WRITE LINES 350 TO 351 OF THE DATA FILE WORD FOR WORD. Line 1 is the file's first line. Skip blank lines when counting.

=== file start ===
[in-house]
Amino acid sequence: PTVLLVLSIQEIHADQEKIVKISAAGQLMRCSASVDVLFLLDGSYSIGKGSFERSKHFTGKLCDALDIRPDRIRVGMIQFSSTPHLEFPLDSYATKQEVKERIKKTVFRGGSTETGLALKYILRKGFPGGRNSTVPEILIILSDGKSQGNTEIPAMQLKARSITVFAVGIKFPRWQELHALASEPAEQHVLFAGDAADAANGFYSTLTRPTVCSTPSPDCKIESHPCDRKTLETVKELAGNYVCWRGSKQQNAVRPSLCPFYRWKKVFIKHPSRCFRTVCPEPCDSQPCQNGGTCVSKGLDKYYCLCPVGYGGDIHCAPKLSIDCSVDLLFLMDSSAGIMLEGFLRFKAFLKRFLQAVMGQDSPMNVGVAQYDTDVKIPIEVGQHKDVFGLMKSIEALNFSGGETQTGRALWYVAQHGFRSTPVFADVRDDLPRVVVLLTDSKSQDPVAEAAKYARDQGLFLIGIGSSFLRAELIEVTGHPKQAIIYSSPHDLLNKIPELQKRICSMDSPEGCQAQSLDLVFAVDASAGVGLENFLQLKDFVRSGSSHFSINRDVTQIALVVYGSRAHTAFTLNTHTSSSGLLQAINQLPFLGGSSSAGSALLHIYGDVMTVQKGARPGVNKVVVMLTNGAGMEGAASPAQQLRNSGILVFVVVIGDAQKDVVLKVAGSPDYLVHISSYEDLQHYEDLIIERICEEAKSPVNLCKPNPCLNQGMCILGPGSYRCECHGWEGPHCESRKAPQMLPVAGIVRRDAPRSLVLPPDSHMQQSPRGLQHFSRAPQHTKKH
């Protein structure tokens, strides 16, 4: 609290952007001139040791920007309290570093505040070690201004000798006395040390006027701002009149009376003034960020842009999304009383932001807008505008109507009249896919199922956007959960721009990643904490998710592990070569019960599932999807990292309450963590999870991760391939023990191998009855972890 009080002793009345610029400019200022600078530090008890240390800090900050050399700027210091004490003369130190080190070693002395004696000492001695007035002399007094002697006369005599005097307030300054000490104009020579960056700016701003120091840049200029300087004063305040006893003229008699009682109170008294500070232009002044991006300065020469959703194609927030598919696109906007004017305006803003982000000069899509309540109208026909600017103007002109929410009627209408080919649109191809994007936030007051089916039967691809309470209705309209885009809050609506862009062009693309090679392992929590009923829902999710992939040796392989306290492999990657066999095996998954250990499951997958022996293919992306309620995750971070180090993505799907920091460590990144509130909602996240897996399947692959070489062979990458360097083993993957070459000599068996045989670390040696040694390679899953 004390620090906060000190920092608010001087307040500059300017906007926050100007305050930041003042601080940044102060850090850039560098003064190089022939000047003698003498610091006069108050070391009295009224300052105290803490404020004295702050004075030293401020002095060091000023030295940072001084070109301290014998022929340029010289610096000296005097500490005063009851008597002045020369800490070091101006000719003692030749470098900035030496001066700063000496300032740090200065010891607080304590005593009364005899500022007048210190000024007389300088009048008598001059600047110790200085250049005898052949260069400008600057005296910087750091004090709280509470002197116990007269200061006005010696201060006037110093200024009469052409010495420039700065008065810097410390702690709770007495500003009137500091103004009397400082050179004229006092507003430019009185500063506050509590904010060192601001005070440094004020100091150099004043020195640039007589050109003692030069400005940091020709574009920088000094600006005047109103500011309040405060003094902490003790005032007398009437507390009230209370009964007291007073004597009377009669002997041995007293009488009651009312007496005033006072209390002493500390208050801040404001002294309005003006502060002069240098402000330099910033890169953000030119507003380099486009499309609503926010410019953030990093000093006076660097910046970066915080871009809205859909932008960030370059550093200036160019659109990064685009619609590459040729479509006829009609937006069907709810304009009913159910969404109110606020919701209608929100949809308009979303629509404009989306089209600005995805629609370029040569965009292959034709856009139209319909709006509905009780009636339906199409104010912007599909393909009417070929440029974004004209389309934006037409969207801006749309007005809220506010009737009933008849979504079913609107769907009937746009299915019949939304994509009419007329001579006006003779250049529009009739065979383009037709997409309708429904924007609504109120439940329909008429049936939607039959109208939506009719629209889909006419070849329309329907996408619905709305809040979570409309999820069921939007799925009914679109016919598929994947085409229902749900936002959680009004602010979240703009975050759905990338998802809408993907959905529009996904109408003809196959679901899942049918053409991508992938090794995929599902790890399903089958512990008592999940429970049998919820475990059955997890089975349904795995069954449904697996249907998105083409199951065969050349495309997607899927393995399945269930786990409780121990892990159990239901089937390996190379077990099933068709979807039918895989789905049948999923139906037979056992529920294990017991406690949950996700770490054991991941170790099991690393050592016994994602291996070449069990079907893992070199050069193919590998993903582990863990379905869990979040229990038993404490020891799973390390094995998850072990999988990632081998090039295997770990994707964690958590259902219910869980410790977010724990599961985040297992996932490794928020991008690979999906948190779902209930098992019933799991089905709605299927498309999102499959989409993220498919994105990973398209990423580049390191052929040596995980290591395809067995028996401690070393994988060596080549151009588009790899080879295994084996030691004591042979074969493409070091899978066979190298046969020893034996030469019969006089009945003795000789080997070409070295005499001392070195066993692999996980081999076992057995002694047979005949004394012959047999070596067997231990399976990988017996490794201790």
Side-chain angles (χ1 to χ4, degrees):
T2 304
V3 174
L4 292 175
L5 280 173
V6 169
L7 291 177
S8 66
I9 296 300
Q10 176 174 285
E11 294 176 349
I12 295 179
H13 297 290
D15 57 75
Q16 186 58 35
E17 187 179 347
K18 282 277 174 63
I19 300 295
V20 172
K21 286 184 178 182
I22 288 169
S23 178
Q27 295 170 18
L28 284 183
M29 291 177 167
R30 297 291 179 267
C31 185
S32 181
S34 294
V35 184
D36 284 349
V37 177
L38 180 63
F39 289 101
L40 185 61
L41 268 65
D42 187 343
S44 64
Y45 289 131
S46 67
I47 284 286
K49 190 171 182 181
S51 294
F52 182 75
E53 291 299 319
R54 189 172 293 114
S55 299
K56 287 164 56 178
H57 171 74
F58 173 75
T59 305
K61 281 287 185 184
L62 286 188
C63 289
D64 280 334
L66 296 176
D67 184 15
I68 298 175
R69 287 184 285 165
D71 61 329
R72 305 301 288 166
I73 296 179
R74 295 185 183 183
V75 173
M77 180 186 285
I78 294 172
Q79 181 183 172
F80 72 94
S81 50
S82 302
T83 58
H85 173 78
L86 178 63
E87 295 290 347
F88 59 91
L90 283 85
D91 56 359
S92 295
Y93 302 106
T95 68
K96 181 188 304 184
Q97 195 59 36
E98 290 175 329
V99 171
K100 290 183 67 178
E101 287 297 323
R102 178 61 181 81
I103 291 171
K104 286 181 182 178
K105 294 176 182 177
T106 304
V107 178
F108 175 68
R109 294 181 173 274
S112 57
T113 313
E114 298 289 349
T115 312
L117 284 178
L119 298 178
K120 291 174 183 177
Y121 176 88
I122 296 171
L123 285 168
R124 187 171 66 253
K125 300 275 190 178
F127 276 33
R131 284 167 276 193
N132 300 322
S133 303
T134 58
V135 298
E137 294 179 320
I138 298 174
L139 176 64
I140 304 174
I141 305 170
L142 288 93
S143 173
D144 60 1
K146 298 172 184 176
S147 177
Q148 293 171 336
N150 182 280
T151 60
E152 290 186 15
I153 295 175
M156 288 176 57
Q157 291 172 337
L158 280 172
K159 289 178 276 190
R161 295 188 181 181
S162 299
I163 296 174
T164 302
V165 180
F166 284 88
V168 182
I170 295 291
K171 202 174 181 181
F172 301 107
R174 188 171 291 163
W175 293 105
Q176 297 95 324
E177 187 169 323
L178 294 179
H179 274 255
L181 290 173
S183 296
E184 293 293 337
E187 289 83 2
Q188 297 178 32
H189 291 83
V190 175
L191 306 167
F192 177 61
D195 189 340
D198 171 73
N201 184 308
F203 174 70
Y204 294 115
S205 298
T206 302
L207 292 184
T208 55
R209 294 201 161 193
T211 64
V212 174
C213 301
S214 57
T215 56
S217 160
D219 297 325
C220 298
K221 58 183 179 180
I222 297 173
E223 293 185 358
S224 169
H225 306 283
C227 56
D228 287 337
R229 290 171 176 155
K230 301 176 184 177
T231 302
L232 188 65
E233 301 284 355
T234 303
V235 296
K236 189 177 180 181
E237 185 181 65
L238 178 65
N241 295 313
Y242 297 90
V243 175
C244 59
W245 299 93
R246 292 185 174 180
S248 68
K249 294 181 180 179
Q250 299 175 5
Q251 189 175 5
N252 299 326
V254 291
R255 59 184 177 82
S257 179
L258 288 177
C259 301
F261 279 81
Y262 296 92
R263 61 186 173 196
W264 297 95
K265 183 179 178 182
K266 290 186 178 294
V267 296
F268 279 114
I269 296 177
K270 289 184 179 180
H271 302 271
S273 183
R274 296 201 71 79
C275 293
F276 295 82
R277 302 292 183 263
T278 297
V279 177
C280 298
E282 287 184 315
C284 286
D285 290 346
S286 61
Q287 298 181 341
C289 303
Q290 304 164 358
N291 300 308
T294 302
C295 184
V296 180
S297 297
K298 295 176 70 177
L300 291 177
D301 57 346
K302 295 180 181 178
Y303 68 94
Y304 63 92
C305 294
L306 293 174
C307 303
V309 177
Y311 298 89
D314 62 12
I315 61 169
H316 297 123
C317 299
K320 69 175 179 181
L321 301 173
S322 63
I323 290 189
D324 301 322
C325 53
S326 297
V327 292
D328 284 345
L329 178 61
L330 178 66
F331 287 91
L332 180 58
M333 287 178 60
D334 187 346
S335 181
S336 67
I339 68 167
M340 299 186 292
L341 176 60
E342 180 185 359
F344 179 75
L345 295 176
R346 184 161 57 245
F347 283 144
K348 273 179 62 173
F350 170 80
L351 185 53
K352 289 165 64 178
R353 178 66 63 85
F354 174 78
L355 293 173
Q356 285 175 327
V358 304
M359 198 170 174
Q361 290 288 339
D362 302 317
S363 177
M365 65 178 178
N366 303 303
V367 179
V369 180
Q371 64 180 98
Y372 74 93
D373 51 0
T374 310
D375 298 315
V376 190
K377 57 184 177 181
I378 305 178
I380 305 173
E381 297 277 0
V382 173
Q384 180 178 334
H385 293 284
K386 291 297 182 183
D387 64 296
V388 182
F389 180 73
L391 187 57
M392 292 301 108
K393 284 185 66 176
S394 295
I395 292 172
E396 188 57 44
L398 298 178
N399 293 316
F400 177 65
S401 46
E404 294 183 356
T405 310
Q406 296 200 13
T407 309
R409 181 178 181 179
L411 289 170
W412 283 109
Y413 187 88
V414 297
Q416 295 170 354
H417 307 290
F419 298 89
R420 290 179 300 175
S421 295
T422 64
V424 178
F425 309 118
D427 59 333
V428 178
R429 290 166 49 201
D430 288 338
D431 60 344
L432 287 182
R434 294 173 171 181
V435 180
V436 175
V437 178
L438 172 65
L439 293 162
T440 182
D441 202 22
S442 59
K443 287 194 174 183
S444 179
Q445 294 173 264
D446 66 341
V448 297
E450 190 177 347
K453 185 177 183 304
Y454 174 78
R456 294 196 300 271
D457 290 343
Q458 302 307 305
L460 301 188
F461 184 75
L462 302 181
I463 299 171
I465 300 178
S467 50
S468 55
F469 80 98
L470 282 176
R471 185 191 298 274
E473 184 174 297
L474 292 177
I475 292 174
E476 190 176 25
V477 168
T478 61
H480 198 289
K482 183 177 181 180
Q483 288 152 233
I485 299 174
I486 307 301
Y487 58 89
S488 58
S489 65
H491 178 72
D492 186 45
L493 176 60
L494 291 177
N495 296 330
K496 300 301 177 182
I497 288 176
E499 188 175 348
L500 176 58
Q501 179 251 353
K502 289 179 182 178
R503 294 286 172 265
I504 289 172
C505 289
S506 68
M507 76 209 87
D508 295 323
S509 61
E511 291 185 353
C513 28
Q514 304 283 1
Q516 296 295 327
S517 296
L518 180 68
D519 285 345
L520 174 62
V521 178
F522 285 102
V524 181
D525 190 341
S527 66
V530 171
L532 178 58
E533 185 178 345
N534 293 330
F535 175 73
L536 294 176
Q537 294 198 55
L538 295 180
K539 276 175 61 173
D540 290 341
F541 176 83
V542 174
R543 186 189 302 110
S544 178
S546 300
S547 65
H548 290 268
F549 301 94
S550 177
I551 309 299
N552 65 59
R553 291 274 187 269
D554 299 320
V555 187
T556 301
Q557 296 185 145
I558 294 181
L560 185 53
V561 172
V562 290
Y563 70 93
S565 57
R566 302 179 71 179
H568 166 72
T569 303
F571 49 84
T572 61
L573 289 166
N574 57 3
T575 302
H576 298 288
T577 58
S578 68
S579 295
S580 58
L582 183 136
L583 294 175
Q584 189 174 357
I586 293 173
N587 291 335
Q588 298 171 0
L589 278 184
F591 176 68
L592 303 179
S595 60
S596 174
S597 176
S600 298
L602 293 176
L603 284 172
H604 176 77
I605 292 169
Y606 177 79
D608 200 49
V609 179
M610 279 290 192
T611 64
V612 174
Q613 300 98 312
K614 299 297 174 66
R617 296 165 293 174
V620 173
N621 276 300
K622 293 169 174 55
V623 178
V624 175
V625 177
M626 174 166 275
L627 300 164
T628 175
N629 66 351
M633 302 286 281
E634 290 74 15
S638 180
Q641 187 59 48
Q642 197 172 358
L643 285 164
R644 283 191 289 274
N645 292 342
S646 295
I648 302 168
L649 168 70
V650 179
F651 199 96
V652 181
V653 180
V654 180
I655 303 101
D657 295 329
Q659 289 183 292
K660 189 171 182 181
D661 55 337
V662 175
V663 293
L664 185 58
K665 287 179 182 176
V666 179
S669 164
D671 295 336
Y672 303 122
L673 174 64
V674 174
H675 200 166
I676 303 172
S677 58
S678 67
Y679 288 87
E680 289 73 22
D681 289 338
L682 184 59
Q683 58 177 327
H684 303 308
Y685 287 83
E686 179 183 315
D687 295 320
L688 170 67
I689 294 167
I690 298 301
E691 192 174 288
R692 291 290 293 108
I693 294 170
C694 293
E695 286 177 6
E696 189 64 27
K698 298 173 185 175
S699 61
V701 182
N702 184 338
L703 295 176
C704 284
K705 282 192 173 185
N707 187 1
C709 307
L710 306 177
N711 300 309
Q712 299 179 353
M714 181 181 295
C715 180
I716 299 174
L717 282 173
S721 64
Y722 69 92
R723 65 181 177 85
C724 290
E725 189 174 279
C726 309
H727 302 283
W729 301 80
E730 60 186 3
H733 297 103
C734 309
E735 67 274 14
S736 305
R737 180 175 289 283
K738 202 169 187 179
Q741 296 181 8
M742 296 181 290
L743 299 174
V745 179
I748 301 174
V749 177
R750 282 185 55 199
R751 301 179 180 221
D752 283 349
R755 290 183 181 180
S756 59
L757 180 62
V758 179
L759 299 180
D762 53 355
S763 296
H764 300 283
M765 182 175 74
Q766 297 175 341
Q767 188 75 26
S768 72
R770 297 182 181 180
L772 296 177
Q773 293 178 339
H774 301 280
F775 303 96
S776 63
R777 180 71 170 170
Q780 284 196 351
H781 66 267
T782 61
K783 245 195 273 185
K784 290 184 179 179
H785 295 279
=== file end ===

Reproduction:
V435 180
V436 175